Recent studies have suggested that low levels of 25-hydroxyvitamin D (25OHD) are associated with cardiovascular risks in medical patients. However, these associations have not been well documented in high risk surgical patients. We hypothesized that serum 25OHD, 1,25-dihydroxyvitamin D (1,25OHD) would be associated with the cardiac operative risk stratification score. The study was conducted with a cross-sectional design at a single academic medical center in Japan. Two hundred five adult patients scheduled for major cardiovascular surgery were included consecutively. Cardiac operative risk was evaluated with the European System for Cardiac Operative Risk Evaluation (EuroSCORE) scoring system. Correlations between 25OHD and 1,25OHD, and EuroSCORE were assessed using simple and multiple linear regression models. Mean 25OHD and 1,25OHD were 20.1±7.1 ng/mL and 51.2±19.2 pg/mL, respectively. Half and 88% of the study population showed deficient (<20 ng/mL) and insufficient (<30 ng/mL) 25OHD levels, respectively. In contrast, only 3% showed 1,25OHD levels lower than normal (<20 pg/mL). Circulating 25OHD levels, but not 1,25OHD levels, were negatively correlated with EuroSCORE (p=0.005) even after adjusted for body mass index, albumin, hypertension, dyslipidemia, diabetes mellitus, creatinine, use of statin, high sensitive C-reactive protein, and intact parathyroid hormone. These results suggest that serum 25OHD levels are inversely associated with operative risk severity of patients undergoing major cardiovascular surgery.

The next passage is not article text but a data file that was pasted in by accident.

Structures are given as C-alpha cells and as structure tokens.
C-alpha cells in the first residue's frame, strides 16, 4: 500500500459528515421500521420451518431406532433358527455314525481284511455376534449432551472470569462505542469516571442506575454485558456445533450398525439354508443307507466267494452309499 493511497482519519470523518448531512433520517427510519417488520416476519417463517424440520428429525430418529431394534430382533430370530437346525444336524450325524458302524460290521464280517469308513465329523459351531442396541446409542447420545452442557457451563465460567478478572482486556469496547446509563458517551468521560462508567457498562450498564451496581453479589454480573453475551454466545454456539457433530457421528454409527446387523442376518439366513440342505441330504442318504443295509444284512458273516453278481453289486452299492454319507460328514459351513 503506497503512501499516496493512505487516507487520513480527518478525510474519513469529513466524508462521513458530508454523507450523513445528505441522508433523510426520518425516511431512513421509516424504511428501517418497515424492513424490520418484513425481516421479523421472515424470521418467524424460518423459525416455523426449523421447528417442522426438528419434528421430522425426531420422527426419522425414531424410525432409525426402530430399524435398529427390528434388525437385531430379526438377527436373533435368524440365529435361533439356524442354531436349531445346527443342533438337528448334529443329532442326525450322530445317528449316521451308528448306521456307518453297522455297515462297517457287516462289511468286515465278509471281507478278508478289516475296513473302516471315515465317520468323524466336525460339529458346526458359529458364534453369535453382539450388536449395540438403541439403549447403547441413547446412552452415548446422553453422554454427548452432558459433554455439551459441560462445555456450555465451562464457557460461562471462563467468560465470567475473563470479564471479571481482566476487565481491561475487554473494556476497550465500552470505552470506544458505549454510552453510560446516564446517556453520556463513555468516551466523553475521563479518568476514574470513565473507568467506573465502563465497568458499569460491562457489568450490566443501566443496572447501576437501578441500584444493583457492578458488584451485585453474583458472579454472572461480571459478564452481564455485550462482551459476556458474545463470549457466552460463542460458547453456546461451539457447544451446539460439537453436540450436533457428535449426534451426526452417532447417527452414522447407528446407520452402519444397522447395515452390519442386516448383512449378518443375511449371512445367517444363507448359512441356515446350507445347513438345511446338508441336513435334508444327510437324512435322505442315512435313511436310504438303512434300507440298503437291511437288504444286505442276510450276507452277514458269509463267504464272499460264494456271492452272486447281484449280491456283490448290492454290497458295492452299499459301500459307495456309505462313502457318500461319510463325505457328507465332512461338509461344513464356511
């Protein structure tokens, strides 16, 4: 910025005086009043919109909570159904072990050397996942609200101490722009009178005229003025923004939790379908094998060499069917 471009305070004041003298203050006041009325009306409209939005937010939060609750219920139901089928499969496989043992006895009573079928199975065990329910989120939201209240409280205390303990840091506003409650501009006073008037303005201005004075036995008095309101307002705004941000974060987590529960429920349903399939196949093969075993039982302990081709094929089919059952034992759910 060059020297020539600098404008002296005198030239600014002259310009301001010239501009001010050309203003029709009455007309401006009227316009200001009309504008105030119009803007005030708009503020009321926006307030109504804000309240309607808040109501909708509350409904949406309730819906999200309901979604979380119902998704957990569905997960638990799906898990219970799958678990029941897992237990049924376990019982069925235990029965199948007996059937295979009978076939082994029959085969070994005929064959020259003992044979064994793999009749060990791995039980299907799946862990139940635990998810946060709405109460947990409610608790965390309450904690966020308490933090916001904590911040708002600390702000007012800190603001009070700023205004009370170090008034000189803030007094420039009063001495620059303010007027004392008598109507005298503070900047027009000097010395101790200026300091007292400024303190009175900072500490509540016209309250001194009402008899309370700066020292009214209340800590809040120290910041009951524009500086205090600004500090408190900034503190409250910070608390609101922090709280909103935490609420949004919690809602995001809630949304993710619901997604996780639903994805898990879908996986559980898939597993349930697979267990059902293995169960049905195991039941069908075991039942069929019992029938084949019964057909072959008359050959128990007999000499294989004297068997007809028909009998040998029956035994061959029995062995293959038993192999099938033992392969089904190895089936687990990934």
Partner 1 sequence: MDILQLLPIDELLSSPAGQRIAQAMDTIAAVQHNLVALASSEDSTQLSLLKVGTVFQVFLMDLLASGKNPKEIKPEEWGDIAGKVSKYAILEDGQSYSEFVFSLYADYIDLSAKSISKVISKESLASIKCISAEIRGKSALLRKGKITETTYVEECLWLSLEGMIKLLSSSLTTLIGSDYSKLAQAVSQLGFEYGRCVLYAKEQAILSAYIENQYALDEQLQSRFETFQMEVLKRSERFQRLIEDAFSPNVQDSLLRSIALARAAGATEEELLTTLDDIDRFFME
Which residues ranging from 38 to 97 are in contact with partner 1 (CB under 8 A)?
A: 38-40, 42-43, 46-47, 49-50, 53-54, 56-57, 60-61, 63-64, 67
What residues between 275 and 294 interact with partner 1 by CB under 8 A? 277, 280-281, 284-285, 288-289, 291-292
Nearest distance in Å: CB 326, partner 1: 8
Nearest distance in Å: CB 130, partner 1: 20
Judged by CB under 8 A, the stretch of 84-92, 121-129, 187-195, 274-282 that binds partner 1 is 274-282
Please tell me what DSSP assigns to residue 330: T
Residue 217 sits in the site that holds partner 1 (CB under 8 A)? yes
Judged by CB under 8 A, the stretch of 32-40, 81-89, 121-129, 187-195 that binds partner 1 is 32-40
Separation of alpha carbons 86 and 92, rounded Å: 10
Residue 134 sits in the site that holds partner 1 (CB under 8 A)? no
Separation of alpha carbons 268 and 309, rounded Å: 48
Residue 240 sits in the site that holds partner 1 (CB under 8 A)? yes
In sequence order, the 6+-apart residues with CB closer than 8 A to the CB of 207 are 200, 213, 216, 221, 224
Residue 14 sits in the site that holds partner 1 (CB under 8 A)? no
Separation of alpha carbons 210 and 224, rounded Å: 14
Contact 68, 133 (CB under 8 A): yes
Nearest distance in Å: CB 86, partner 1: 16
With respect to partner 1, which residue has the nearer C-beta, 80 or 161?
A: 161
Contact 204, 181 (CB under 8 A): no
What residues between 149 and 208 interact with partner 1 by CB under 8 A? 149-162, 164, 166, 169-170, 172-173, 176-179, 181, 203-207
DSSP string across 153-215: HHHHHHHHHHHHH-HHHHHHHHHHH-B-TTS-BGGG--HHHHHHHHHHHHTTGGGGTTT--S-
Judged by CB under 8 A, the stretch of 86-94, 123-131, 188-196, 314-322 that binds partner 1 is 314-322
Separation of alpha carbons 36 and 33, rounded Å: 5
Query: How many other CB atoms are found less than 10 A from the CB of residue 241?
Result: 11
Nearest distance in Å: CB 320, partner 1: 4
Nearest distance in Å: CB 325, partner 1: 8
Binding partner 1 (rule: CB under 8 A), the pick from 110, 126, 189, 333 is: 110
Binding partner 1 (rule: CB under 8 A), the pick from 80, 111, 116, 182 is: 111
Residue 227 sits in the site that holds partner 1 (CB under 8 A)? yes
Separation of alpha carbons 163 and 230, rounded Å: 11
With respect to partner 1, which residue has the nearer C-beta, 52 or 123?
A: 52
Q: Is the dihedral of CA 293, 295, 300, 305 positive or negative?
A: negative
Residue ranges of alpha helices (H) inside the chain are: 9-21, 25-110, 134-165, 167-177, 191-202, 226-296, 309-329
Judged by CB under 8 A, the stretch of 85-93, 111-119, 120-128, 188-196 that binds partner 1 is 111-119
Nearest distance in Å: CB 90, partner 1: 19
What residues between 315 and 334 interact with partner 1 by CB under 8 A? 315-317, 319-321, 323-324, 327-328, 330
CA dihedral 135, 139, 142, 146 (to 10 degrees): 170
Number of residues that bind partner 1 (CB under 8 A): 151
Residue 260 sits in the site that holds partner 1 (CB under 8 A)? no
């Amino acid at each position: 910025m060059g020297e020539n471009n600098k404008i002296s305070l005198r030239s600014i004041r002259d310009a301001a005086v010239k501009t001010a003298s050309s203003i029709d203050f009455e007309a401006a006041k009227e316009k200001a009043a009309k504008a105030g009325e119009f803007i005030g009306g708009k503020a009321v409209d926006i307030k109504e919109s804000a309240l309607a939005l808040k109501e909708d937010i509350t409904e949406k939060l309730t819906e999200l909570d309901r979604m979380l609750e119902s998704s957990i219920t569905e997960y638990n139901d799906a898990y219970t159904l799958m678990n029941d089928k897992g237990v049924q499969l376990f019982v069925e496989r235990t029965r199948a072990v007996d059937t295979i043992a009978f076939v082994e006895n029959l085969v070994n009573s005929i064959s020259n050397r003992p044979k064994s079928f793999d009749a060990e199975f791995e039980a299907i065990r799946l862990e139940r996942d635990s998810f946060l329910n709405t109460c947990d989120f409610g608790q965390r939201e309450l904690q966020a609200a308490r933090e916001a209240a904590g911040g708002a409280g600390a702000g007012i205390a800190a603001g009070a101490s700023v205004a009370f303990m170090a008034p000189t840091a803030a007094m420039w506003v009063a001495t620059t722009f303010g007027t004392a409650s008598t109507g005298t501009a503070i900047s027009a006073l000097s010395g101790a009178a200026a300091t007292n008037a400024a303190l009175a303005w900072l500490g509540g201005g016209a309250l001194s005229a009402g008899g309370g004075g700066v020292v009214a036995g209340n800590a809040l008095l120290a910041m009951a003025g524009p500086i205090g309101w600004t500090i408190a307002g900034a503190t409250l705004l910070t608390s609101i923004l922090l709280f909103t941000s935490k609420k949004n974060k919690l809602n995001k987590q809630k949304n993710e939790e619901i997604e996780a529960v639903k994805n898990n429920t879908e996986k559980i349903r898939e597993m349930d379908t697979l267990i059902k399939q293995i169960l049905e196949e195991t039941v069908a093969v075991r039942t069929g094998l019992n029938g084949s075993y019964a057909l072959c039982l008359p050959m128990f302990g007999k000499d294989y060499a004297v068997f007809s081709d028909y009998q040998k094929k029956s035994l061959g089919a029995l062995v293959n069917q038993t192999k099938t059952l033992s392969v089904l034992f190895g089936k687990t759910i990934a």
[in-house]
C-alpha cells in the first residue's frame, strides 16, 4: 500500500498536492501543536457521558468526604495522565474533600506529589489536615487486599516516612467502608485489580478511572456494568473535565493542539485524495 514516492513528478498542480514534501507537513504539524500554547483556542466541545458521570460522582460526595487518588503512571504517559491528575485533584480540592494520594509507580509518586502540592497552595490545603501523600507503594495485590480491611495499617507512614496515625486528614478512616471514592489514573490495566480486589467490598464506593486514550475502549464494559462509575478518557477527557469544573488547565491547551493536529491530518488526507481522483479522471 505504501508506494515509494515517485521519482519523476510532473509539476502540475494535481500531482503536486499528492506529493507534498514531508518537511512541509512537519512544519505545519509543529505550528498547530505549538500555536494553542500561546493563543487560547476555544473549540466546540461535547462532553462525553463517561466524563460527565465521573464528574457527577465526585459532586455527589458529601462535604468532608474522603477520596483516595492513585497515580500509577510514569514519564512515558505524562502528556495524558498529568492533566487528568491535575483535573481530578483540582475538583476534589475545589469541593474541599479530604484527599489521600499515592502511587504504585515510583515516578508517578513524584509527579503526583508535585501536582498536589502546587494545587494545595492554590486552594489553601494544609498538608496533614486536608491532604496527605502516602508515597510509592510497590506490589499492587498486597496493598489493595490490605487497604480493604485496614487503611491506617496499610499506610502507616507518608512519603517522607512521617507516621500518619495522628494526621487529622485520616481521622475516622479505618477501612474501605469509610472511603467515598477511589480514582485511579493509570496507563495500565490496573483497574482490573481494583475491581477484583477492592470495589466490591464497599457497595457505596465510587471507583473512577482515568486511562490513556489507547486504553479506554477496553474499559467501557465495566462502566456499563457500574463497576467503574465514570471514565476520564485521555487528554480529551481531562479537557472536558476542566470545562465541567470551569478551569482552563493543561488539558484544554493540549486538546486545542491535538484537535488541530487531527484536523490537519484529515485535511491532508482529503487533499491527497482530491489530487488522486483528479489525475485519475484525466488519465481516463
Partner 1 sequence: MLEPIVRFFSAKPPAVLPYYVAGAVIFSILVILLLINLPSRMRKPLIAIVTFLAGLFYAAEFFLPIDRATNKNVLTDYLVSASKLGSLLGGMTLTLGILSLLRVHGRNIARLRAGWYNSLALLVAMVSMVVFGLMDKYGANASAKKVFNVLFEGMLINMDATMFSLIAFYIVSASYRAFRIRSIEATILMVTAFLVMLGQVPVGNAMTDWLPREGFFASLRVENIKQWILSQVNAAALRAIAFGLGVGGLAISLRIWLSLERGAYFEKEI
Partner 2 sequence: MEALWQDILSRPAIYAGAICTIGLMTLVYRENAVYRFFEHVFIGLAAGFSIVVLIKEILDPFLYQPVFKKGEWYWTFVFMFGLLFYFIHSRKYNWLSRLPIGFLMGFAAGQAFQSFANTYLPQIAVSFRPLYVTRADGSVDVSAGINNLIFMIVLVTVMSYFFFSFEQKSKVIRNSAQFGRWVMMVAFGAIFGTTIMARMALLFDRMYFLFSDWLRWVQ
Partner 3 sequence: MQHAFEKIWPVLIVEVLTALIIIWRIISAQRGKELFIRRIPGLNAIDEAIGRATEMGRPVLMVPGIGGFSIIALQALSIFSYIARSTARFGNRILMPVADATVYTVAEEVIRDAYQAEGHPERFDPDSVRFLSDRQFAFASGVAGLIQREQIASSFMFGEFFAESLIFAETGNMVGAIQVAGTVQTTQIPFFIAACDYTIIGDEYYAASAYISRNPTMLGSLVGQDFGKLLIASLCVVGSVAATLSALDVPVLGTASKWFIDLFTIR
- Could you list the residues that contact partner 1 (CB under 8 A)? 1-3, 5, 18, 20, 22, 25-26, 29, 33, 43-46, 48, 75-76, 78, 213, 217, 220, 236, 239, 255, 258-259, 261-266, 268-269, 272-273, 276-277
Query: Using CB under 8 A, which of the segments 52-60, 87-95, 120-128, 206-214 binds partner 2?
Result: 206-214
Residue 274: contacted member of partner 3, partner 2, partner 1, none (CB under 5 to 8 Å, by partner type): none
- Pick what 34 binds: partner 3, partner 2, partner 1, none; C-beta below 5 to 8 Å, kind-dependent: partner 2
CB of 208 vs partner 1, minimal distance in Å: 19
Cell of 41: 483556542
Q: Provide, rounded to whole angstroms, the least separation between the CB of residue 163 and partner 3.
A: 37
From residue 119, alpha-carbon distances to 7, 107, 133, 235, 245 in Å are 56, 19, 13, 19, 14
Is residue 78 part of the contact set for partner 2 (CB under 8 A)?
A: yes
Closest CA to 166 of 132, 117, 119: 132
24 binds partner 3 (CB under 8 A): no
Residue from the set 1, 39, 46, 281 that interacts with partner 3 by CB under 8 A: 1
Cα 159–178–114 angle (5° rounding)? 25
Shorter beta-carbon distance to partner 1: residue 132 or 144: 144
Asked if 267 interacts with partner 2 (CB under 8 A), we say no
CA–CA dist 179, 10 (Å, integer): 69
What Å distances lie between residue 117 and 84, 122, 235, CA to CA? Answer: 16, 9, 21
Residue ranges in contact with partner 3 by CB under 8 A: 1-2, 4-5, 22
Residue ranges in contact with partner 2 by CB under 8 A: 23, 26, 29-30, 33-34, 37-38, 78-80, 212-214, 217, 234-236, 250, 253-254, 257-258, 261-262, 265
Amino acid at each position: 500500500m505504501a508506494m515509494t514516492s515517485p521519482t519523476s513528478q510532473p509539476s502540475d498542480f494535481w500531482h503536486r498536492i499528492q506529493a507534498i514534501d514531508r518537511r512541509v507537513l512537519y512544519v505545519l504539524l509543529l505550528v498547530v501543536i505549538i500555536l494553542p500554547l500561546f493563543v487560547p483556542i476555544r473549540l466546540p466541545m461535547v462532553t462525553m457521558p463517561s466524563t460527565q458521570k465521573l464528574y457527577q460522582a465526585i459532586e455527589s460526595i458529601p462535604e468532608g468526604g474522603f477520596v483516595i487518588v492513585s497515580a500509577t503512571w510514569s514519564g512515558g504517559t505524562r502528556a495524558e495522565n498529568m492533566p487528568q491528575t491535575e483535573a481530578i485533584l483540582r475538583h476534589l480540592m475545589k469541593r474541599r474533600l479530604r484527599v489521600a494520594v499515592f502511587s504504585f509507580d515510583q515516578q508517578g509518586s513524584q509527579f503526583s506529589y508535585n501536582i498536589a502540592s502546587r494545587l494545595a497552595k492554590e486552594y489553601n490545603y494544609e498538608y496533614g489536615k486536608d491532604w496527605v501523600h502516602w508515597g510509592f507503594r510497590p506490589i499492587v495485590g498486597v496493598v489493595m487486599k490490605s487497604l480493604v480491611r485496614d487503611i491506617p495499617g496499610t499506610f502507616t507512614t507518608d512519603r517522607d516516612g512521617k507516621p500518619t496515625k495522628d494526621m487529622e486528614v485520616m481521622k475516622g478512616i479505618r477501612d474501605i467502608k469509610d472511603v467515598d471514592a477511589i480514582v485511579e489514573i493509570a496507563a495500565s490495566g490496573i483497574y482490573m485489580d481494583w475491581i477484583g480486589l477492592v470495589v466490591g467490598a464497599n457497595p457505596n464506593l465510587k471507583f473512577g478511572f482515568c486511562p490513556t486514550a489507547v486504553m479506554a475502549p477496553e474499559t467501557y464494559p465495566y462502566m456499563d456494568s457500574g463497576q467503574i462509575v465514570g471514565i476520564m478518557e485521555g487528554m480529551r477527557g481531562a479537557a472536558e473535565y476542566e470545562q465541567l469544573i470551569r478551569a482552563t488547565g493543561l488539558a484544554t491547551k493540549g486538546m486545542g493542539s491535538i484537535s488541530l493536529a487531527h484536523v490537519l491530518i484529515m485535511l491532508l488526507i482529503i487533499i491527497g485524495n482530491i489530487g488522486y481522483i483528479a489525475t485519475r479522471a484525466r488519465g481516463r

2012 by the Center for Academic Publications Japan